Ultraviolet light A (UVA) exposure is thought to cause skin aging mainly by singlet oxygen ((1)O(2))-dependent pathways. Using microarrays, we assessed whether pre-treatment with the (1)O(2) quencher beta-carotene (betaC; 1.5 microM) prevents UVA-induced gene regulation in HaCaT human keratinocytes. Downregulation of growth factor signaling, moderate induction of proinflammatory genes, upregulation of immediate early genes including apoptotic regulators and suppression of cell cycle genes were hallmarks of the UVA effect. Of the 568 UVA-regulated genes, betaC reduced the UVA effect for 143, enhanced it for 180, and did not interact with UVA for 245 genes. The different interaction modes imply that betaC/UVA interaction involved multiple mechanisms. In unirradiated keratinocytes, gene regulations suggest that betaC reduced stress signals and extracellular matrix (ECM) degradation, and promoted keratinocyte differentiation. In irradiated cells, expression profiles indicate that betaC inhibited UVA-induced ECM degradation, and enhanced UVA induction of tanning-associated protease-activated receptor 2. Combination of betaC-promoted keratinocyte differentiation with the cellular "UV response" caused synergistic induction of cell cycle arrest and apoptosis. In conclusion, betaC at physiological concentrations interacted with UVA effects in keratinocytes by mechanisms that included, but were not restricted to (1)O(2) quenching. The retinoid effect of betaC was minor, indicating that the betaC effects reported here were predominantly mediated through vitamin A-independent pathways.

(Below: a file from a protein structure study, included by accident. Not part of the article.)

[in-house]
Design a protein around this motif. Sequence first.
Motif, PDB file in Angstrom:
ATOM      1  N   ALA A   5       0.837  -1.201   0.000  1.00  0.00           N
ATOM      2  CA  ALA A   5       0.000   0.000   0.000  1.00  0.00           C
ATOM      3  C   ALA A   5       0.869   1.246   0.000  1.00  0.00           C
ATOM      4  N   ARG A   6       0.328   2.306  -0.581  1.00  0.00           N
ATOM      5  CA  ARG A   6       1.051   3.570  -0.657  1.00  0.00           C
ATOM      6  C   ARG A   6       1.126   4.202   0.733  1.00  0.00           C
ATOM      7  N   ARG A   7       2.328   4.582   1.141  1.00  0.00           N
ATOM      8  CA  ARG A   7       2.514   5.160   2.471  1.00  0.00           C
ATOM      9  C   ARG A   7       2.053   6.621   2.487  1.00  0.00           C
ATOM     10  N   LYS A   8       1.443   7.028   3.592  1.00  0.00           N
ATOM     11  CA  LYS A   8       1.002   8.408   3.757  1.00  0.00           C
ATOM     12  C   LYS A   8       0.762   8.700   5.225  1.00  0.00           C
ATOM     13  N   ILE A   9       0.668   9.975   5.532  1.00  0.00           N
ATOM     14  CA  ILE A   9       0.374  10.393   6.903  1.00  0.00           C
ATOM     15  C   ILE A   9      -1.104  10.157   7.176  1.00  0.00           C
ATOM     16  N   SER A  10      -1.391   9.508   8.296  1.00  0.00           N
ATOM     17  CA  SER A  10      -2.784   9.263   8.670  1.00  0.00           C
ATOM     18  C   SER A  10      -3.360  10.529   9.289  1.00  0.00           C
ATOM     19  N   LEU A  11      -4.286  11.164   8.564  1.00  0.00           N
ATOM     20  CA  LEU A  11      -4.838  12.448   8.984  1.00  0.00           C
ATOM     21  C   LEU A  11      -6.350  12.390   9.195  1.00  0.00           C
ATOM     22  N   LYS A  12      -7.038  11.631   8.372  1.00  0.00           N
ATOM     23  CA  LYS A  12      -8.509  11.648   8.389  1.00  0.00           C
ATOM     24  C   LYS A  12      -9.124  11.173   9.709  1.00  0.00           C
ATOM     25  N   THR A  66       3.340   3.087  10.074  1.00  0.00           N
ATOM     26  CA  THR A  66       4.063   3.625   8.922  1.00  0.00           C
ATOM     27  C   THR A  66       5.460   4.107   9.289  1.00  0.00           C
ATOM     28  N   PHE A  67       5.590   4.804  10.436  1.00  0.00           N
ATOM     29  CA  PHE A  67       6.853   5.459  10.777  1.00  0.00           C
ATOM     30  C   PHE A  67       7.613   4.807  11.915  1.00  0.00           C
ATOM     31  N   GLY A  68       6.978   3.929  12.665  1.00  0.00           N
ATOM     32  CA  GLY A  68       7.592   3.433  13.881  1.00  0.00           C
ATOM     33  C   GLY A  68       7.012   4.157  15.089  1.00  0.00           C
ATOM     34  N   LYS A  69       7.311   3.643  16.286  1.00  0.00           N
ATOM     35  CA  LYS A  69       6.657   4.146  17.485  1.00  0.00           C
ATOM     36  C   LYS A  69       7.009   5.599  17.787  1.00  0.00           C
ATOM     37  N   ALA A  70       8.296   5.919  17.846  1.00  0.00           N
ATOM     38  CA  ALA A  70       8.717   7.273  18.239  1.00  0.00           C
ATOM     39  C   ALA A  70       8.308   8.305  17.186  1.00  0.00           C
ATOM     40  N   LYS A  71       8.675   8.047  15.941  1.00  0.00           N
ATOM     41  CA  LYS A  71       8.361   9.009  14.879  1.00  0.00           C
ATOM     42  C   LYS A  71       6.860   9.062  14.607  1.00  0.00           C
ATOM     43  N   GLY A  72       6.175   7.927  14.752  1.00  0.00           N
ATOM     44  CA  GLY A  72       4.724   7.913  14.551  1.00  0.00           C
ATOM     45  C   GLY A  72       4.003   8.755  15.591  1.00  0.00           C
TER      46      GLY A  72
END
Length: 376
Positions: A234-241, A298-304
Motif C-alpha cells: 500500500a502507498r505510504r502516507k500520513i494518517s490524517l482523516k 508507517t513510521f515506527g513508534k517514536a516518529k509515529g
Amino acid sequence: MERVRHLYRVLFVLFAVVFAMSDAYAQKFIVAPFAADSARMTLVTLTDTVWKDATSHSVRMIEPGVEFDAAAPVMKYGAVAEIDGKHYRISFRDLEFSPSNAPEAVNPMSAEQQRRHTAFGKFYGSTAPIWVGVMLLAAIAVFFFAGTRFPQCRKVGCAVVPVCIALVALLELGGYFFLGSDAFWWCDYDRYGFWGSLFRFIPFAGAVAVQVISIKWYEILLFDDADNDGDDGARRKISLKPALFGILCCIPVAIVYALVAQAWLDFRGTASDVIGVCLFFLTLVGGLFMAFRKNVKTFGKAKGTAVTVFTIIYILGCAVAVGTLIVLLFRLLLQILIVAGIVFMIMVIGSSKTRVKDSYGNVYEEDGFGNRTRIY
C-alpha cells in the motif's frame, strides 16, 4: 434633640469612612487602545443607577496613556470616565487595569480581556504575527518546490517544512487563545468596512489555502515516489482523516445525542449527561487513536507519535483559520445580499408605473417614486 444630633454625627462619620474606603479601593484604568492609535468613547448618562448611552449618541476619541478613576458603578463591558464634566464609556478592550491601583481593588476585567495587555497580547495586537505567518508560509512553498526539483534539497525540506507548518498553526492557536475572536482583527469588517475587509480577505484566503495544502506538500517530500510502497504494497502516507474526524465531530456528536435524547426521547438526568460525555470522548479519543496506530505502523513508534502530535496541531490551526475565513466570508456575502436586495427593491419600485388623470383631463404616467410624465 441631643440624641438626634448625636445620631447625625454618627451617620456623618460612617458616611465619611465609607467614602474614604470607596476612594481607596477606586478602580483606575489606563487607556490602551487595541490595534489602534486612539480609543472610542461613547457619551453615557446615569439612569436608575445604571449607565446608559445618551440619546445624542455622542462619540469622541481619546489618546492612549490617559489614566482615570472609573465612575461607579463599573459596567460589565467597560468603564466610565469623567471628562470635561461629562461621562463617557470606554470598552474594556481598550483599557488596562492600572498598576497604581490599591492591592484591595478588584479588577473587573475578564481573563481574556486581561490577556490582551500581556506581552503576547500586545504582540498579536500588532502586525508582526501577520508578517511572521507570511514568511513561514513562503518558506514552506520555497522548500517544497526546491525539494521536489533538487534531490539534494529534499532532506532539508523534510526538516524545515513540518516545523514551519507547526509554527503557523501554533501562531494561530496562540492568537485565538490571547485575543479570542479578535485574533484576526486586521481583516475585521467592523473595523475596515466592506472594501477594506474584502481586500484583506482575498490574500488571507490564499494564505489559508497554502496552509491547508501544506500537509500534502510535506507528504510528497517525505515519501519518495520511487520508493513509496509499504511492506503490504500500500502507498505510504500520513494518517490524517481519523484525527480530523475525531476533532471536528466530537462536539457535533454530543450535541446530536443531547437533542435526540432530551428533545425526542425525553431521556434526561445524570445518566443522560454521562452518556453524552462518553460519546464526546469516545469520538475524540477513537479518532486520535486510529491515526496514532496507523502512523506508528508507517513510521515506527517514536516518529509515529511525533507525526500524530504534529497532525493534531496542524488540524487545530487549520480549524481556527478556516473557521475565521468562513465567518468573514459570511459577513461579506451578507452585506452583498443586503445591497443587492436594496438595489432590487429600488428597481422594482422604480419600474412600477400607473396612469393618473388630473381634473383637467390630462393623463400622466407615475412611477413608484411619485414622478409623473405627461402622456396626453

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http://dx.doi.org/10.1111/j.0022-202X.2004.23593.xDOI Listing
February 2005